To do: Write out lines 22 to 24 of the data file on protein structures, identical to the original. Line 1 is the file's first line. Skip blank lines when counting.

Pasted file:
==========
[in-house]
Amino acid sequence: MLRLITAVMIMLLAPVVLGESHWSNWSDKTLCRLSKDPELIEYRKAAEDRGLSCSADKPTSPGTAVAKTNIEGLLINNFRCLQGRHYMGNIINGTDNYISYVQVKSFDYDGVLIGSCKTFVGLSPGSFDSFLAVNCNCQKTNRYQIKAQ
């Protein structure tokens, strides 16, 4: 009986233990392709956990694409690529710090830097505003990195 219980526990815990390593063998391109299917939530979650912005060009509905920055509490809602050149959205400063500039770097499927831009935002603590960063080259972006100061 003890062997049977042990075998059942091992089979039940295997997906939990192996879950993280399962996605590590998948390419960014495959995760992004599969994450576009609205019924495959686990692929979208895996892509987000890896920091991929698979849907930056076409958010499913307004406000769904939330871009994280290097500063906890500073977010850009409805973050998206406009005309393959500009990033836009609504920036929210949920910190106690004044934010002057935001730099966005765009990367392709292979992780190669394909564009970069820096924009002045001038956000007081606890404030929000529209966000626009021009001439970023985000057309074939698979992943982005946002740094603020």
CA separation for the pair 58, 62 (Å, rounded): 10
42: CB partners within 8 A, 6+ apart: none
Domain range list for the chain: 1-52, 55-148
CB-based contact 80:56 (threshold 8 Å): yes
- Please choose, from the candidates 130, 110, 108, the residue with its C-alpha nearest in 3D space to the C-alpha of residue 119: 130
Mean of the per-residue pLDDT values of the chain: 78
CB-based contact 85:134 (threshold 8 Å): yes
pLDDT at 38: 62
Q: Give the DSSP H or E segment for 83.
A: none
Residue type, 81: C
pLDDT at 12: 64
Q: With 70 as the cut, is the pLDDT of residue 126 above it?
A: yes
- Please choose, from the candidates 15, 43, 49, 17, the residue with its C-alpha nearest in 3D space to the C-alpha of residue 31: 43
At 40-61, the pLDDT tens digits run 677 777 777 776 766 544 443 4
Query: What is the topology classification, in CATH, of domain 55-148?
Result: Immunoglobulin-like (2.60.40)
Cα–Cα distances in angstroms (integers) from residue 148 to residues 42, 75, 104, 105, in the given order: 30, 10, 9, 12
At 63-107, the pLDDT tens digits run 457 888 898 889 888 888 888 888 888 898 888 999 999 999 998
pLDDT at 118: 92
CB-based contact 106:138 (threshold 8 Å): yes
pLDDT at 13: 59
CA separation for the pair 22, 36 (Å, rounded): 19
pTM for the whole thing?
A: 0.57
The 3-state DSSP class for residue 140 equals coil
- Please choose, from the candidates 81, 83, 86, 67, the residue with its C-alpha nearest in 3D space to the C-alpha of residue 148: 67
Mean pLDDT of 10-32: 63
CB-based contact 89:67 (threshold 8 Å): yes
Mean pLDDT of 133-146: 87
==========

Cα–Cα distances in angstroms (integers) from residue 148 to residues 42, 75, 104, 105, in the given order: 30, 10, 9, 12
At 63-107, the pLDDT tens digits run 457 888 898 889 888 888 888 888 888 898 888 999 999 999 998
pLDDT at 118: 92